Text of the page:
Garden Blogger’s Bloom Day March 2020

Camellia japonica double pink

Well, I’m super late at posting this month for Garden Blogger’s Bloom Day but I’m sure everyone on the planet is aware of all the extraneous forces gobbling up our time and attention.  We returned from a botany tour in Spain and Portugal just under the wire from the border closings and we’re now under self-imposed quarantine while we enjoy the flowering bounty that we found here in Maryland.  The camellia’s are particularly abundant.  I’ve never seen all five of our japonicas blooming at the same time before and with so many flowers!

Camellia japonica double pink

Camellia japonica double pink

Camellia japonica double white

Likewise the Hellebores are enthusiastically greeting the spring.

Hellebore double pink

Helleborus double white

Some of the Helleborus flowers are really exceptional.

Helleborus ‘Peppermint Ice’

Helleborus x hybridus PDN double bicolor

The daffodils are the other mainstay for this season, though it seems like they are all coming at once.

Narcissus ‘Little Gem’

40 year-old planting of King Alfred’s

Narcissus ‘Edinburgh’ on orchard hill

Narcissus ‘Tropical Sunset’

The daffodils on our hillside number into the thousands by now and they are seem to be having a great year.

The star magnolia is always a sign that springtime is here and it’s almost two weeks ahead of last year’s blooming.

Magnolia stellata

As I walk about the yard there are lots of smaller joys of springtime as well.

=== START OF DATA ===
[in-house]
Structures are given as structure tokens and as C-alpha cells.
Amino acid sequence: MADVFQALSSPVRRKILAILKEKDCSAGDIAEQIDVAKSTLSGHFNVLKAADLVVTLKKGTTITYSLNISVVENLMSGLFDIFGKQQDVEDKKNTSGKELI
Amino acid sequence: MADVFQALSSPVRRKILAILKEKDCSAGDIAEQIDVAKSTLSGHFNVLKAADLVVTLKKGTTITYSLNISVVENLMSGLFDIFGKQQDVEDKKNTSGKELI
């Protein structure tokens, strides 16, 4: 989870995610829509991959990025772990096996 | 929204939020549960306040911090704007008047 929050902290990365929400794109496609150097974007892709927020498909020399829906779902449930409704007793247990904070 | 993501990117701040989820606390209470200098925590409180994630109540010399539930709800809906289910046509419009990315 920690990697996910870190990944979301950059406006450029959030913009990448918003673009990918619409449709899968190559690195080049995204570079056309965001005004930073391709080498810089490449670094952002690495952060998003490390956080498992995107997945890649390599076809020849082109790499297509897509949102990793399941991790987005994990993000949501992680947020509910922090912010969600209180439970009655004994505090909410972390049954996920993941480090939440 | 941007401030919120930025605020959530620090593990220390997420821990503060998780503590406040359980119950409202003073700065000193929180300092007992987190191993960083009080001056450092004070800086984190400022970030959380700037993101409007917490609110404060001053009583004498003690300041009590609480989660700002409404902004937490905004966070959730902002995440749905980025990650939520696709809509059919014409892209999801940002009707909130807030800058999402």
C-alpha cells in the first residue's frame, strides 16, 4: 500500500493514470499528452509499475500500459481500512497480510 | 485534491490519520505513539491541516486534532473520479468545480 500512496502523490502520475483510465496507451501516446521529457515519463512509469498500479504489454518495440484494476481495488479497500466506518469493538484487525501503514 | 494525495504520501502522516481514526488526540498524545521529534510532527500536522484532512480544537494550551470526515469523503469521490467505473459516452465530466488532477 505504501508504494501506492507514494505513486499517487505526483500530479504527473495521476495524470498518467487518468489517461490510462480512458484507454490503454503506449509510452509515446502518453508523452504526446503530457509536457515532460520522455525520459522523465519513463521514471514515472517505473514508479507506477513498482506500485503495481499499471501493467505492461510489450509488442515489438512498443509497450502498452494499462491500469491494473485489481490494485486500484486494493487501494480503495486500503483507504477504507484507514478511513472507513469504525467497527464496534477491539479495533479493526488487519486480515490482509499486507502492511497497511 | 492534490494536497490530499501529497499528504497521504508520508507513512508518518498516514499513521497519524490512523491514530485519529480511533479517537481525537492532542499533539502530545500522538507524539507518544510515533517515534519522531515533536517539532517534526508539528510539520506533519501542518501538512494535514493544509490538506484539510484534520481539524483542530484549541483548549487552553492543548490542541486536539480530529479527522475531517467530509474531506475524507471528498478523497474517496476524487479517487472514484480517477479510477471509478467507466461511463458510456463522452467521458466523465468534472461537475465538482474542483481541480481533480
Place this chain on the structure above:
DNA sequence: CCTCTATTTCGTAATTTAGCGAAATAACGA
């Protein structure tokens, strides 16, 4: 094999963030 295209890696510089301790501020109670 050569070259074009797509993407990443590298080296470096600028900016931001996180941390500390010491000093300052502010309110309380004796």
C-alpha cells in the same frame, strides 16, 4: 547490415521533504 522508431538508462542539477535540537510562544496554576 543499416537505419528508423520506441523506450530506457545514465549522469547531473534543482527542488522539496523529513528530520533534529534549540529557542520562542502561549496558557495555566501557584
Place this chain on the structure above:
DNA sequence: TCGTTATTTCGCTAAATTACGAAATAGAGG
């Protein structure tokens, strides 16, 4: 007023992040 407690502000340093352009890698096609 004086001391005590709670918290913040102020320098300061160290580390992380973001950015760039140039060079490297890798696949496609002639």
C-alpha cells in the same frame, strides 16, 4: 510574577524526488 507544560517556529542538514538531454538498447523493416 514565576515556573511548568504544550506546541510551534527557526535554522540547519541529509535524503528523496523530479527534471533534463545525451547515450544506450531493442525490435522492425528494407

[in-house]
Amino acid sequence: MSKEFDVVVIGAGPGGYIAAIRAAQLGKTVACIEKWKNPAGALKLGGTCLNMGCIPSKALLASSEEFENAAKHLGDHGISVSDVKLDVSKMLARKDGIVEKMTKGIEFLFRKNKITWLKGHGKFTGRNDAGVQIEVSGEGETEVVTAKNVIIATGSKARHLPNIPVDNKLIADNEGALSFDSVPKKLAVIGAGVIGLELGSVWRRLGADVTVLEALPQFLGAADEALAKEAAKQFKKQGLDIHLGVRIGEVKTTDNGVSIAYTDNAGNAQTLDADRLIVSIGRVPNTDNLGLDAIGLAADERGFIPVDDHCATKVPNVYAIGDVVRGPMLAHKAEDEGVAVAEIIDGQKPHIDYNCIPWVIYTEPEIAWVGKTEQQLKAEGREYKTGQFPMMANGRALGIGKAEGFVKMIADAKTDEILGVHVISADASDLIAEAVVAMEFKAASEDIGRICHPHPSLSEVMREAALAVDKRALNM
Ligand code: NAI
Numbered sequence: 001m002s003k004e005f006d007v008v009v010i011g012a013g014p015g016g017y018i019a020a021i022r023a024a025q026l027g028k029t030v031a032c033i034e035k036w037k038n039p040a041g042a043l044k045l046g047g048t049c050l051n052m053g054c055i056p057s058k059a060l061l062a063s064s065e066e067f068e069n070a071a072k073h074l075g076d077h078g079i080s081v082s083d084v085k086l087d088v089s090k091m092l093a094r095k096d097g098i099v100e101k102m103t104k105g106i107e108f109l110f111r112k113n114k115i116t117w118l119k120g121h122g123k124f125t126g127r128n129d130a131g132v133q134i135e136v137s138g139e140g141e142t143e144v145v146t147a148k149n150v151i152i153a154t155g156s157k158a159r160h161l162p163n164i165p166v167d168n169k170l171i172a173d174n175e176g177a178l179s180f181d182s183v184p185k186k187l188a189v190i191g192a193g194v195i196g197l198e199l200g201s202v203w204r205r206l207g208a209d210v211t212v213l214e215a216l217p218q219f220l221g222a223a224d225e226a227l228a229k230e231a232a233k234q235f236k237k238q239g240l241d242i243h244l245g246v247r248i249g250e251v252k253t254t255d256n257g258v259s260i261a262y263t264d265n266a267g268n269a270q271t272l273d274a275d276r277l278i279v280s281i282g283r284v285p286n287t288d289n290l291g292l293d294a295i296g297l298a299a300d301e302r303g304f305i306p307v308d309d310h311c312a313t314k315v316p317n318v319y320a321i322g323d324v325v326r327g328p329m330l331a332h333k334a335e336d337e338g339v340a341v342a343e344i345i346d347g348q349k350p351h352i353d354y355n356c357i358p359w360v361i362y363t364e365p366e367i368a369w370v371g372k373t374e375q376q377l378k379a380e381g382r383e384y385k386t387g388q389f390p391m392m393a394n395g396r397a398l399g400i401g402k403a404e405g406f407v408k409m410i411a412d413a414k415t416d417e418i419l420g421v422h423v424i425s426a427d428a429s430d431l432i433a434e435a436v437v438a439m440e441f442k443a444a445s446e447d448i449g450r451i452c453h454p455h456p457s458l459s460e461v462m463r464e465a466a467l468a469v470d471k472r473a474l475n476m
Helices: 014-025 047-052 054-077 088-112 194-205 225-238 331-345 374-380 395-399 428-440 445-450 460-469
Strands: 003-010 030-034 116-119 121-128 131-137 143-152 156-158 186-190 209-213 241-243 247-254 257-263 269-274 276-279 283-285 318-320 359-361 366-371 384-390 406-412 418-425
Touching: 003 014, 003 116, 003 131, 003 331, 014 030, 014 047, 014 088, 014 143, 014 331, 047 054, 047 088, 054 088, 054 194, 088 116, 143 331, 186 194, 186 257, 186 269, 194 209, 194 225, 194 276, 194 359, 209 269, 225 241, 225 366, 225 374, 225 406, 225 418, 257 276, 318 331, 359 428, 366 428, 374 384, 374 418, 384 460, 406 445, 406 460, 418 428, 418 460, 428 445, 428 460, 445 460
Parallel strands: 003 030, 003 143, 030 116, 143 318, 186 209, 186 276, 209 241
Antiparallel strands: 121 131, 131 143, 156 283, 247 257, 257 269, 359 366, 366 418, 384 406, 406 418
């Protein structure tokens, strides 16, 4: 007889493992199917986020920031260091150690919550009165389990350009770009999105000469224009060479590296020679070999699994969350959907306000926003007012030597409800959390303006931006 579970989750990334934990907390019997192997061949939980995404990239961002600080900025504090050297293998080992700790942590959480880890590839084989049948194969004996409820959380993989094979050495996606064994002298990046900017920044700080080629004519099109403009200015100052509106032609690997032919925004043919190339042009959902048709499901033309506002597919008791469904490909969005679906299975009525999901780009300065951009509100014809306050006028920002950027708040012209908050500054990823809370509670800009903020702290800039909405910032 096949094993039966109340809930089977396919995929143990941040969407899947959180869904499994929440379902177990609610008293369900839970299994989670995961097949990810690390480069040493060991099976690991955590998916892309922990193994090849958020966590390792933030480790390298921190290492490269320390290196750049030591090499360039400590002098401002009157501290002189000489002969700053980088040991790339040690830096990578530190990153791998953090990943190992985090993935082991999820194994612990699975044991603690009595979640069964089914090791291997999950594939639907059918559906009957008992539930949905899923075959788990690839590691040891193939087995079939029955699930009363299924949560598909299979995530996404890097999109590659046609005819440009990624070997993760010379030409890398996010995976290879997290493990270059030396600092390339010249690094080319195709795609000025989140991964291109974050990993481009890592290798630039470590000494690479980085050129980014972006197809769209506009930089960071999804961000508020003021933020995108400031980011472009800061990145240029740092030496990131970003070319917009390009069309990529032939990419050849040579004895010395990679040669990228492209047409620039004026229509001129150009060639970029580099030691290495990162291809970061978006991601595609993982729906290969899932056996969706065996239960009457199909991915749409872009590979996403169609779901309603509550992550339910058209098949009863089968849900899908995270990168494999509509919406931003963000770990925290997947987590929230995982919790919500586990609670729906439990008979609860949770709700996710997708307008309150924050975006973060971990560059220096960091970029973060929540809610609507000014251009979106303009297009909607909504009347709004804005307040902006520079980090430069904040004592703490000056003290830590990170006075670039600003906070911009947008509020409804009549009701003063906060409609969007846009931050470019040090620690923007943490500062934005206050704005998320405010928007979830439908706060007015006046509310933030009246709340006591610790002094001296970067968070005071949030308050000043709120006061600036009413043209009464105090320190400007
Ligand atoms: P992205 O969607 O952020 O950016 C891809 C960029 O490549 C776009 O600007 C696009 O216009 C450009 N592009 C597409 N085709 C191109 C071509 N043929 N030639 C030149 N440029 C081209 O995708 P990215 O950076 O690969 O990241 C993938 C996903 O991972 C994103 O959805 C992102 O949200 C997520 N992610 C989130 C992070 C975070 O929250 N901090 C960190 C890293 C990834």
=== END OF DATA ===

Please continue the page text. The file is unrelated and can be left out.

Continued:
Iris unguicularis

Ipheion uniflorum ‘Tessa’

Mukdenia rossii ‘Karasuba’

Jeffersonia dubia

Primula vulgaris

Corydalis solida ‘Gunite’

Haquetia

The glory of the snow has its little blue flowers all over our pasture and woods at this point.  But I planted a few of the selected cultivar in the perennial garden and they are quite showy.

Chionodoxa forbesii ‘Blue Giant’

Chionodoxa forbesii ‘Pink Giant’

And a very special little Fritillaria always garners my attention.

Fritillaria stenanthera ‘Cambridge’

Fritillaria stenanthera ‘Cambridge’

When I look at the alpine beds and troughs there are some really special things showing up. Dionysia are happier in Turkey and usually our winters don’t work for them outside on the East Coast, but this one came through just fine.

Dionysia aretioides

Saxifraga ‘Valerie Keevil’

Armeria maritima ‘Victor Reiter’

This is a new tulip for me obtained from Odyssey Bulbs last year.  Notice the very crinkled foliage.

Tulipa vvedenskyi

And from John Lonsdale I got a marvelous compact Asphodelus.

Asphodelus acaulis

Paradoxically, even as the springtime is bursting forth with flowers we are getting an outpouring of flowers in the greenhouse, some of which just have to be brought inside.

Green Amaryllis

Clivia in the House

Yellow Clivia in the House

But there are also many other little items in the greenhouse.

Scilla peruviana white

Freesia ‘Red River’

Sparaxis Hadeco hybrid

Babiana rubrocyanea

Babiana purpurea

But probably the most unusual flowers in the greenhouse are the various Ferrarias.  They are the appropriate end to this extra-long posting.

Ferraria ferrariola

Ferraria punctata

Ferraria divaricata

 

 

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